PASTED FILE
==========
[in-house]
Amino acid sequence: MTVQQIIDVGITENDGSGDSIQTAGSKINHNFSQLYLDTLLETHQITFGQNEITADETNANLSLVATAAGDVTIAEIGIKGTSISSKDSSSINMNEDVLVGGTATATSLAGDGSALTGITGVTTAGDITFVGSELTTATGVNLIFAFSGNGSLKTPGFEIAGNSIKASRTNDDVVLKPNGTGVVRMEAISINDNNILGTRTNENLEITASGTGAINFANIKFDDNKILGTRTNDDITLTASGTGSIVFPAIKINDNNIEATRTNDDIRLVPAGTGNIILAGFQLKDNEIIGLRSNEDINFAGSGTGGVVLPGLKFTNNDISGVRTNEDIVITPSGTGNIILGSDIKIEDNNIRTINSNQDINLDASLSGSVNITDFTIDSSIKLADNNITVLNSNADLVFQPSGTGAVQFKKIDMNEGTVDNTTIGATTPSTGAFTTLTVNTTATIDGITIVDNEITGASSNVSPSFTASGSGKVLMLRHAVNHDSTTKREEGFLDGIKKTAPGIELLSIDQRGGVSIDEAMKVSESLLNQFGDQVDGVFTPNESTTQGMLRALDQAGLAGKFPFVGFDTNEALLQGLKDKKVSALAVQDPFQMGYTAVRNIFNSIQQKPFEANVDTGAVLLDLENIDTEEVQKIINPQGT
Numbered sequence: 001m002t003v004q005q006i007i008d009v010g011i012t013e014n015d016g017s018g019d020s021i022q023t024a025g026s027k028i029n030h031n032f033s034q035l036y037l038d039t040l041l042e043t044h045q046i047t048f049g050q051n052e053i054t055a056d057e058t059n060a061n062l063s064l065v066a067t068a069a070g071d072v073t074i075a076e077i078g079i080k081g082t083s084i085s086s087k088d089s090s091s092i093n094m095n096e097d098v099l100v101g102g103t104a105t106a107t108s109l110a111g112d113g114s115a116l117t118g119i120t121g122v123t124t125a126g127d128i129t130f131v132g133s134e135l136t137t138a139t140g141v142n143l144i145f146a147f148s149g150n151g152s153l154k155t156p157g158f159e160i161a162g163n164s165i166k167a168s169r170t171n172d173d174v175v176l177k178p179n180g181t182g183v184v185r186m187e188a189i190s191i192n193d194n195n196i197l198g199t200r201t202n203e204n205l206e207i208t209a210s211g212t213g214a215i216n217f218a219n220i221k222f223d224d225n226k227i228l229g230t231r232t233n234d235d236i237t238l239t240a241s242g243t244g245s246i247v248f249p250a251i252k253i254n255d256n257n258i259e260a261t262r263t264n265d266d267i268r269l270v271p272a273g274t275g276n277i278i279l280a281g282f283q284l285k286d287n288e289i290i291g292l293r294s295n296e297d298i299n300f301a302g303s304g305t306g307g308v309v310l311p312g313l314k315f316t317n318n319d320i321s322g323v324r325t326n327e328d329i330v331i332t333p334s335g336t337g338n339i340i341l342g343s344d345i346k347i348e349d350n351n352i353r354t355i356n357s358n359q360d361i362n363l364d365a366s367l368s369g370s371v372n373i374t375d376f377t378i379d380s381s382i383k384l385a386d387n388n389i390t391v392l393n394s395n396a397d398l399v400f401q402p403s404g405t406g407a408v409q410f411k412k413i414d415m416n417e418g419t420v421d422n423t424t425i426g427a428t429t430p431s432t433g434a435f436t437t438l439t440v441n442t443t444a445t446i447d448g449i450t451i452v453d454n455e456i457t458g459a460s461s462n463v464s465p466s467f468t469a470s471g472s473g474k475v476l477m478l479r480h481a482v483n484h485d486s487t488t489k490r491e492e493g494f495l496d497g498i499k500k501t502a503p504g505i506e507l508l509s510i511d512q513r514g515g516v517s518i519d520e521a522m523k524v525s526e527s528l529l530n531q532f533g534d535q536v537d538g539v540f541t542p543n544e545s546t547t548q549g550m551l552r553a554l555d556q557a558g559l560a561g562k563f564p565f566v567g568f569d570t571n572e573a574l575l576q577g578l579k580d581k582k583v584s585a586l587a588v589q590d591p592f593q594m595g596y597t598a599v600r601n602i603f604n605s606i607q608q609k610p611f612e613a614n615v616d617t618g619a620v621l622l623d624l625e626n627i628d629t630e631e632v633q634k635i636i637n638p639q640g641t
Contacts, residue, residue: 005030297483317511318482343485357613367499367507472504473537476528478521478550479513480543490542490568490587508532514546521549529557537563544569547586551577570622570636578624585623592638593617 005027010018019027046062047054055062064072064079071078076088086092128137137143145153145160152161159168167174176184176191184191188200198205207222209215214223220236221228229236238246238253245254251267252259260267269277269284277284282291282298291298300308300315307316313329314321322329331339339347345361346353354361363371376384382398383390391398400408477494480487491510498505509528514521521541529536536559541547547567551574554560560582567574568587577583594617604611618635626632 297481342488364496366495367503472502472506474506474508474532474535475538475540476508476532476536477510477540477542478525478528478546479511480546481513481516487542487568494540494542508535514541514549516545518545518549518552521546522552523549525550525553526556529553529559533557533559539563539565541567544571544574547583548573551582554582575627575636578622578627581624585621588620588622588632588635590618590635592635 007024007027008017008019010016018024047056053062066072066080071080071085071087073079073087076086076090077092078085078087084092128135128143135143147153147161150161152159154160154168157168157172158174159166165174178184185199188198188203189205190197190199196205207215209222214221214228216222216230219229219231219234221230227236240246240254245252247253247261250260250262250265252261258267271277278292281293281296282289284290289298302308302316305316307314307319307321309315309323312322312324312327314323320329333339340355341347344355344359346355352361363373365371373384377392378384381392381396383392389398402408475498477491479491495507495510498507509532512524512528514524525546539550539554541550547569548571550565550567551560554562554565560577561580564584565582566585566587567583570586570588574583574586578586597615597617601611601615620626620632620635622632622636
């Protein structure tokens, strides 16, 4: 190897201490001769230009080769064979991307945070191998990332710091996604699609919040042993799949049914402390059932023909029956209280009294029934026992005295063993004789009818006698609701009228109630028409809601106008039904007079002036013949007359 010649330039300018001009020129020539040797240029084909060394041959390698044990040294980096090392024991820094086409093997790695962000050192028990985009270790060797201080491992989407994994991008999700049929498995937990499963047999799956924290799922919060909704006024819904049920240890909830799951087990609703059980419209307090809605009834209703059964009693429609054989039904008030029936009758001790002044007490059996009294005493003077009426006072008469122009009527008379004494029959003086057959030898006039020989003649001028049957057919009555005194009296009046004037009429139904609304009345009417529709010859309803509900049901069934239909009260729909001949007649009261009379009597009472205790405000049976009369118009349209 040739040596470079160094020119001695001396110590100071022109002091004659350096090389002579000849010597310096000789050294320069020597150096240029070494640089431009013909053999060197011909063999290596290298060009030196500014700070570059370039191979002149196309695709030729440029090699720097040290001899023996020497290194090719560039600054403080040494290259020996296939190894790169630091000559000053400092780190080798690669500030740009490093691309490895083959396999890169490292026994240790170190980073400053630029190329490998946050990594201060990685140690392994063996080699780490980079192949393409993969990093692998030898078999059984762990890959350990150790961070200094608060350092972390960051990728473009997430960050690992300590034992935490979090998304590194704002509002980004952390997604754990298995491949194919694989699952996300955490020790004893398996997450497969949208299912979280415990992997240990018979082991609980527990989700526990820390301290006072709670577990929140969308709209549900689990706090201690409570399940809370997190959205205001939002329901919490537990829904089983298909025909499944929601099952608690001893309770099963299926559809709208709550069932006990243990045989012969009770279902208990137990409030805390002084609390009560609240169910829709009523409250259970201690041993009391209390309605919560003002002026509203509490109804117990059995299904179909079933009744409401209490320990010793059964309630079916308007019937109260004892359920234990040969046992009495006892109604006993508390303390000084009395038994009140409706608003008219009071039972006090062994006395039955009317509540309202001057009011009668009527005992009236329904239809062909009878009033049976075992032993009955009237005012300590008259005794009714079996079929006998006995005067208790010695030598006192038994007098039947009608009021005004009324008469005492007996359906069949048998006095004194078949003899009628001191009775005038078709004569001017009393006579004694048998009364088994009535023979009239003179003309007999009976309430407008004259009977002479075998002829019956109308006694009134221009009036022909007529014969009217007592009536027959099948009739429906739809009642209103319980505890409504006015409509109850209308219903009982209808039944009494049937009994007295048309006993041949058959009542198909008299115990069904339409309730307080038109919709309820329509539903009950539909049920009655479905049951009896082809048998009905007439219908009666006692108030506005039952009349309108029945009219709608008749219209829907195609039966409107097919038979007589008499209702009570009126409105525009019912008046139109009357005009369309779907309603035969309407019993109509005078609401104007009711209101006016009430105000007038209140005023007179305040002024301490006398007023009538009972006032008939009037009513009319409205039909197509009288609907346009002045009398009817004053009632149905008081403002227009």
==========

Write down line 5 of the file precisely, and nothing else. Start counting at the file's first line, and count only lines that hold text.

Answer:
């Protein structure tokens, strides 16, 4: 190897201490001769230009080769064979991307945070191998990332710091996604699609919040042993799949049914402390059932023909029956209280009294029934026992005295063993004789009818006698609701009228109630028409809601106008039904007079002036013949007359 010649330039300018001009020129020539040797240029084909060394041959390698044990040294980096090392024991820094086409093997790695962000050192028990985009270790060797201080491992989407994994991008999700049929498995937990499963047999799956924290799922919060909704006024819904049920240890909830799951087990609703059980419209307090809605009834209703059964009693429609054989039904008030029936009758001790002044007490059996009294005493003077009426006072008469122009009527008379004494029959003086057959030898006039020989003649001028049957057919009555005194009296009046004037009429139904609304009345009417529709010859309803509900049901069934239909009260729909001949007649009261009379009597009472205790405000049976009369118009349209 040739040596470079160094020119001695001396110590100071022109002091004659350096090389002579000849010597310096000789050294320069020597150096240029070494640089431009013909053999060197011909063999290596290298060009030196500014700070570059370039191979002149196309695709030729440029090699720097040290001899023996020497290194090719560039600054403080040494290259020996296939190894790169630091000559000053400092780190080798690669500030740009490093691309490895083959396999890169490292026994240790170190980073400053630029190329490998946050990594201060990685140690392994063996080699780490980079192949393409993969990093692998030898078999059984762990890959350990150790961070200094608060350092972390960051990728473009997430960050690992300590034992935490979090998304590194704002509002980004952390997604754990298995491949194919694989699952996300955490020790004893398996997450497969949208299912979280415990992997240990018979082991609980527990989700526990820390301290006072709670577990929140969308709209549900689990706090201690409570399940809370997190959205205001939002329901919490537990829904089983298909025909499944929601099952608690001893309770099963299926559809709208709550069932006990243990045989012969009770279902208990137990409030805390002084609390009560609240169910829709009523409250259970201690041993009391209390309605919560003002002026509203509490109804117990059995299904179909079933009744409401209490320990010793059964309630079916308007019937109260004892359920234990040969046992009495006892109604006993508390303390000084009395038994009140409706608003008219009071039972006090062994006395039955009317509540309202001057009011009668009527005992009236329904239809062909009878009033049976075992032993009955009237005012300590008259005794009714079996079929006998006995005067208790010695030598006192038994007098039947009608009021005004009324008469005492007996359906069949048998006095004194078949003899009628001191009775005038078709004569001017009393006579004694048998009364088994009535023979009239003179003309007999009976309430407008004259009977002479075998002829019956109308006694009134221009009036022909007529014969009217007592009536027959099948009739429906739809009642209103319980505890409504006015409509109850209308219903009982209808039944009494049937009994007295048309006993041949058959009542198909008299115990069904339409309730307080038109919709309820329509539903009950539909049920009655479905049951009896082809048998009905007439219908009666006692108030506005039952009349309108029945009219709608008749219209829907195609039966409107097919038979007589008499209702009570009126409105525009019912008046139109009357005009369309779907309603035969309407019993109509005078609401104007009711209101006016009430105000007038209140005023007179305040002024301490006398007023009538009972006032008939009037009513009319409205039909197509009288609907346009002045009398009817004053009632149905008081403002227009």